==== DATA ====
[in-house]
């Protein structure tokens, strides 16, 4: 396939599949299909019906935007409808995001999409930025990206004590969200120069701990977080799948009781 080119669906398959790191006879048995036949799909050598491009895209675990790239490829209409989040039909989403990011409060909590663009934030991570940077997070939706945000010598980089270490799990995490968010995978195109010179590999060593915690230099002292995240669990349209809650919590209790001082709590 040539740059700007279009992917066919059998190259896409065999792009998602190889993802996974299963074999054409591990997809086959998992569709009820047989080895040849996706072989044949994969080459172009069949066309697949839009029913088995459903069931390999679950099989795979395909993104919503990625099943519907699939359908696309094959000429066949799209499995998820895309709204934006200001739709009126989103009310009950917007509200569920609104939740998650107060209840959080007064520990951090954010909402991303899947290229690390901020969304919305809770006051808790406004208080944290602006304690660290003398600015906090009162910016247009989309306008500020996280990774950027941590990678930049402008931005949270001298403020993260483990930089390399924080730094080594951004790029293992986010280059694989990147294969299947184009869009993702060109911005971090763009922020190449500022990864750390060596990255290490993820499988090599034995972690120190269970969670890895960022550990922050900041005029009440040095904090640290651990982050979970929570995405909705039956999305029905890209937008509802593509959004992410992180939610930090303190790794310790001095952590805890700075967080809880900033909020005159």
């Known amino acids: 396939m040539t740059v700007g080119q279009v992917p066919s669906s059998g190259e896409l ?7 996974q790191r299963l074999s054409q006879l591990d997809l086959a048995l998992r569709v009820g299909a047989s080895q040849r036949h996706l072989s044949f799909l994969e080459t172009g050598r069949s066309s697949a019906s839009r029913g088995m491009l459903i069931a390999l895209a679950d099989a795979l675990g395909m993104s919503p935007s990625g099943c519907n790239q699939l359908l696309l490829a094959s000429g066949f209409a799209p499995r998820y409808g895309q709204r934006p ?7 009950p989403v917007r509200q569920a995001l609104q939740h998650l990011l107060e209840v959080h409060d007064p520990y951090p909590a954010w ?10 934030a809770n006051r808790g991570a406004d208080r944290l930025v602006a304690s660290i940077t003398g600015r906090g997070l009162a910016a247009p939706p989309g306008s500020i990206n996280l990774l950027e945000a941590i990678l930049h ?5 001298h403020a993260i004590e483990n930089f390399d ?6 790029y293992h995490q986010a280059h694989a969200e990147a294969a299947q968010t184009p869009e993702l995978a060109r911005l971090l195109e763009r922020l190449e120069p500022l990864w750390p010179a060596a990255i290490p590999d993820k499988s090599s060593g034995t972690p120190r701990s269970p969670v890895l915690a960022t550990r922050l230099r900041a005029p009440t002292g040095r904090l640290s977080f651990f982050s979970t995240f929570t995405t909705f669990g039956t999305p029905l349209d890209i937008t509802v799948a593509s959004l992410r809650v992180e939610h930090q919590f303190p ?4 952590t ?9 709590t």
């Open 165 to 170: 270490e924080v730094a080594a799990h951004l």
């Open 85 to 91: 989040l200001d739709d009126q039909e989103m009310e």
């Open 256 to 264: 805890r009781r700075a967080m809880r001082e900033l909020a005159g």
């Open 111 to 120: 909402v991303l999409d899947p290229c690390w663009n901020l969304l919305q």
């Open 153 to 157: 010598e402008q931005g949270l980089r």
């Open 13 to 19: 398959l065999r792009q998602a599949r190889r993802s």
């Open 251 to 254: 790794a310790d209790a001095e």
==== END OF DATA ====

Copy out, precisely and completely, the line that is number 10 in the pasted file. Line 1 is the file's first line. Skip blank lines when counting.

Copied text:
């Open 251 to 254: 790794a310790d209790a001095e």